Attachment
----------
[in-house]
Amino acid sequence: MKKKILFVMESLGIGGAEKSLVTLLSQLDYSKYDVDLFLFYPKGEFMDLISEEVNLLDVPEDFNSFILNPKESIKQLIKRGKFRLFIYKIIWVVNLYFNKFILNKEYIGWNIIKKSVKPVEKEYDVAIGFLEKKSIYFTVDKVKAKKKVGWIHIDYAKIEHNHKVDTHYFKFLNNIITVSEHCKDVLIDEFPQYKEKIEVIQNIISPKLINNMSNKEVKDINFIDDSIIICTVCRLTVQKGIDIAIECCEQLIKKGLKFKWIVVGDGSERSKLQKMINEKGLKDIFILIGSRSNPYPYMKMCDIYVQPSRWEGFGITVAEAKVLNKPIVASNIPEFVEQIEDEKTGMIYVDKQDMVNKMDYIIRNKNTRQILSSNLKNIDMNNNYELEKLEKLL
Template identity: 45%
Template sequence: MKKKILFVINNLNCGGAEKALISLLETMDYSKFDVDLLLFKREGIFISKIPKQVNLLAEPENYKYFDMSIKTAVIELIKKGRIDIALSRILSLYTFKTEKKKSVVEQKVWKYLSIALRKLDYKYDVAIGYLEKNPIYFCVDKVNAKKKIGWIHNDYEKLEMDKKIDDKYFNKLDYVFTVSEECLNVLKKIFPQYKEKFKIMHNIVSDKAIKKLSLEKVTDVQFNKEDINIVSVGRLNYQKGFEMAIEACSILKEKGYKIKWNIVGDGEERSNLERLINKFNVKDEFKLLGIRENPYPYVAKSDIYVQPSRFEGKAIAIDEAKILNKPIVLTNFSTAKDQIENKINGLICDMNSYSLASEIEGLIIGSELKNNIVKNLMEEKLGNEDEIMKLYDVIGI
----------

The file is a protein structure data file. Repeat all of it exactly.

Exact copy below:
[in-house]
Amino acid sequence: MKKKILFVMESLGIGGAEKSLVTLLSQLDYSKYDVDLFLFYPKGEFMDLISEEVNLLDVPEDFNSFILNPKESIKQLIKRGKFRLFIYKIIWVVNLYFNKFILNKEYIGWNIIKKSVKPVEKEYDVAIGFLEKKSIYFTVDKVKAKKKVGWIHIDYAKIEHNHKVDTHYFKFLNNIITVSEHCKDVLIDEFPQYKEKIEVIQNIISPKLINNMSNKEVKDINFIDDSIIICTVCRLTVQKGIDIAIECCEQLIKKGLKFKWIVVGDGSERSKLQKMINEKGLKDIFILIGSRSNPYPYMKMCDIYVQPSRWEGFGITVAEAKVLNKPIVASNIPEFVEQIEDEKTGMIYVDKQDMVNKMDYIIRNKNTRQILSSNLKNIDMNNNYELEKLEKLL
Template identity: 45%
Template sequence: MKKKILFVINNLNCGGAEKALISLLETMDYSKFDVDLLLFKREGIFISKIPKQVNLLAEPENYKYFDMSIKTAVIELIKKGRIDIALSRILSLYTFKTEKKKSVVEQKVWKYLSIALRKLDYKYDVAIGYLEKNPIYFCVDKVNAKKKIGWIHNDYEKLEMDKKIDDKYFNKLDYVFTVSEECLNVLKKIFPQYKEKFKIMHNIVSDKAIKKLSLEKVTDVQFNKEDINIVSVGRLNYQKGFEMAIEACSILKEKGYKIKWNIVGDGEERSNLERLINKFNVKDEFKLLGIRENPYPYVAKSDIYVQPSRFEGKAIAIDEAKILNKPIVLTNFSTAKDQIENKINGLICDMNSYSLASEIEGLIIGSELKNNIVKNLMEEKLGNEDEIMKLYDVIGI